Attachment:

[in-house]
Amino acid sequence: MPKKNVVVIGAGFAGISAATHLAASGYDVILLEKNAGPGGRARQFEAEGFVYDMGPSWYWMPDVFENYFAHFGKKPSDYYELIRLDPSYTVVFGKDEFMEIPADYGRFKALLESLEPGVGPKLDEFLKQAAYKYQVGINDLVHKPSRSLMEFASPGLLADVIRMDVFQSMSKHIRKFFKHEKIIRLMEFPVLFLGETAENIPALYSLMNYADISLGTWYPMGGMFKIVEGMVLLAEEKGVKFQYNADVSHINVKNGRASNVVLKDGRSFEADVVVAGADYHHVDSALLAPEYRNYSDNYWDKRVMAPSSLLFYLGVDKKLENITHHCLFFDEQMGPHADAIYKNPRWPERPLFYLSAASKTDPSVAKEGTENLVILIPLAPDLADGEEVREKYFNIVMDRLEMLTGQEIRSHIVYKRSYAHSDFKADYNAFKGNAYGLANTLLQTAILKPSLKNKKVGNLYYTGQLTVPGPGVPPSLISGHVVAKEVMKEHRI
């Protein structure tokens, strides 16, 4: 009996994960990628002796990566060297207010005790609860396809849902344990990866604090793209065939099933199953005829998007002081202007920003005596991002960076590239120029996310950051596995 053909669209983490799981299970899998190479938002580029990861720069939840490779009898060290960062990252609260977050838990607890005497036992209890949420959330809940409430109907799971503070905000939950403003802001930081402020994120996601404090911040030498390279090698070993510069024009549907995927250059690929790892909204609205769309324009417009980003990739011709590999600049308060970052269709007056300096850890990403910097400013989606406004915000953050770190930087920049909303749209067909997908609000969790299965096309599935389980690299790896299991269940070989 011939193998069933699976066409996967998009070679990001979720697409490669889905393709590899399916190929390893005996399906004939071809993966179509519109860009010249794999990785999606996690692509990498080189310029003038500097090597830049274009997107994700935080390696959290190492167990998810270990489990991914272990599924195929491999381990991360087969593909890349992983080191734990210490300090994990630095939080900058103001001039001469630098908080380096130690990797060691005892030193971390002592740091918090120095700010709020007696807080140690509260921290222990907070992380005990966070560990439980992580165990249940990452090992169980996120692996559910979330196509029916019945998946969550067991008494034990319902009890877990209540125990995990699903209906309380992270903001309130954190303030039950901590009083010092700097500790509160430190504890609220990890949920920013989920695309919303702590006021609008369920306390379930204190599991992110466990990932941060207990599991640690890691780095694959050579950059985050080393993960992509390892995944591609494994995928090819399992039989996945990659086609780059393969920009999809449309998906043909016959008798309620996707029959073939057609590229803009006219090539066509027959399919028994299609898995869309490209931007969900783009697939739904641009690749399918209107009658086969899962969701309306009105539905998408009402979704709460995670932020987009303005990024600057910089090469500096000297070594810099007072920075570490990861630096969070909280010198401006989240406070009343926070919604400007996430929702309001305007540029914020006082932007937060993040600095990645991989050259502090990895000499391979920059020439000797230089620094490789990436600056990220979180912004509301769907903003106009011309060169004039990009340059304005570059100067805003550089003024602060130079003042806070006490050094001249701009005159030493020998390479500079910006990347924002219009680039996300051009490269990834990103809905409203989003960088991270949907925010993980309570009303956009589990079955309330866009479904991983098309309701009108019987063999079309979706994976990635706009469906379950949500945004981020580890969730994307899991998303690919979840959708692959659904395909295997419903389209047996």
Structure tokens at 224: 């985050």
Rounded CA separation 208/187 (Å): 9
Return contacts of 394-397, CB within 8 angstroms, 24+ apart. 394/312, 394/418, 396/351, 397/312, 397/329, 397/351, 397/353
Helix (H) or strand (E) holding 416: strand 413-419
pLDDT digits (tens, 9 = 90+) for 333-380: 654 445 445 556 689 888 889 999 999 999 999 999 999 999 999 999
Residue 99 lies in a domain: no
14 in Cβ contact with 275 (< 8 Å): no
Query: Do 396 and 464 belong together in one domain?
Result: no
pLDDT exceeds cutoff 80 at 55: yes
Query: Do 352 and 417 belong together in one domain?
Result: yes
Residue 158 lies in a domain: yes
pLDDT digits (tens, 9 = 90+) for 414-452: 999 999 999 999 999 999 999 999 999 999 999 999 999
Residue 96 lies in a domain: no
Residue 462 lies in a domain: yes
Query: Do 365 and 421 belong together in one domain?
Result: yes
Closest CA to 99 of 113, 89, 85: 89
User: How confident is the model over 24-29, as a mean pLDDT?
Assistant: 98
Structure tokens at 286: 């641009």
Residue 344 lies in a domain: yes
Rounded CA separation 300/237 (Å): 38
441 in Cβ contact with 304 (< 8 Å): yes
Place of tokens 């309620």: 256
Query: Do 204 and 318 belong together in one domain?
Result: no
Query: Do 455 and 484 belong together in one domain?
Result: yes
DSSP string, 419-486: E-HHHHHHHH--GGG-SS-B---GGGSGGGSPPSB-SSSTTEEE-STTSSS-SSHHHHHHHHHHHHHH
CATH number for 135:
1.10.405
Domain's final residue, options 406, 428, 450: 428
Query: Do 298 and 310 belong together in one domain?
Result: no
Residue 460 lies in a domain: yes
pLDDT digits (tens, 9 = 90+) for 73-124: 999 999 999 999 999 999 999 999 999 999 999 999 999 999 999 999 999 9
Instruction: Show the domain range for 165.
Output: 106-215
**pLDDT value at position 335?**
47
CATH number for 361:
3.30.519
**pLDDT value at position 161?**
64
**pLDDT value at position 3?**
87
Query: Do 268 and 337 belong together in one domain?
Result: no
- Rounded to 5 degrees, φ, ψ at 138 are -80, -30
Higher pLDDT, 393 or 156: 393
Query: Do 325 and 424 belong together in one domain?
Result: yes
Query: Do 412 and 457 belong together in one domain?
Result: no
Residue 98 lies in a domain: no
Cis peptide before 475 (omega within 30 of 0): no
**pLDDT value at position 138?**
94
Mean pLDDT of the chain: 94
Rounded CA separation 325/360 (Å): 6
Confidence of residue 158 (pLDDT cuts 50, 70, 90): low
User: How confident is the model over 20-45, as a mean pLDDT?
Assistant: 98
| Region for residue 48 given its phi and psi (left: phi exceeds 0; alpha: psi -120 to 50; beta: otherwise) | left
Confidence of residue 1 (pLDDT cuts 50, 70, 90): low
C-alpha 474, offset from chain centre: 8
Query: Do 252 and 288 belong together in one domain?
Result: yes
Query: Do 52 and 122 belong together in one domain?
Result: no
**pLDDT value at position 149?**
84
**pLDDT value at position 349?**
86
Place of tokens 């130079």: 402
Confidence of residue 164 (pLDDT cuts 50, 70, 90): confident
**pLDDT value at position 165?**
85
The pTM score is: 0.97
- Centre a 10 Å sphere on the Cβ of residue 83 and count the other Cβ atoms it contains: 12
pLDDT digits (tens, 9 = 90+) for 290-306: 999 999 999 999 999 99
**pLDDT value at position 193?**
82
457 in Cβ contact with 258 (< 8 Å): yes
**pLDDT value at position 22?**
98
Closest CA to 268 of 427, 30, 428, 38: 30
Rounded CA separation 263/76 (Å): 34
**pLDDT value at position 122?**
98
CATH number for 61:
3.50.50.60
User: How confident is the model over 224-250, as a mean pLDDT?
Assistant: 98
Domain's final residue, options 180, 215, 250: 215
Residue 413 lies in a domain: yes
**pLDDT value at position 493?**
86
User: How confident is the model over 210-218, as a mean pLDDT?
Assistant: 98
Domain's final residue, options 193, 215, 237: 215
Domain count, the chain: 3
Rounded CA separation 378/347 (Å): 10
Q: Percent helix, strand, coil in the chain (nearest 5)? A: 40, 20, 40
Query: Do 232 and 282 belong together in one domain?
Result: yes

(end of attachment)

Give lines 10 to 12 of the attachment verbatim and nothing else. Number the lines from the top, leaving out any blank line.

14 in Cβ contact with 275 (< 8 Å): no
Query: Do 396 and 464 belong together in one domain?
Result: no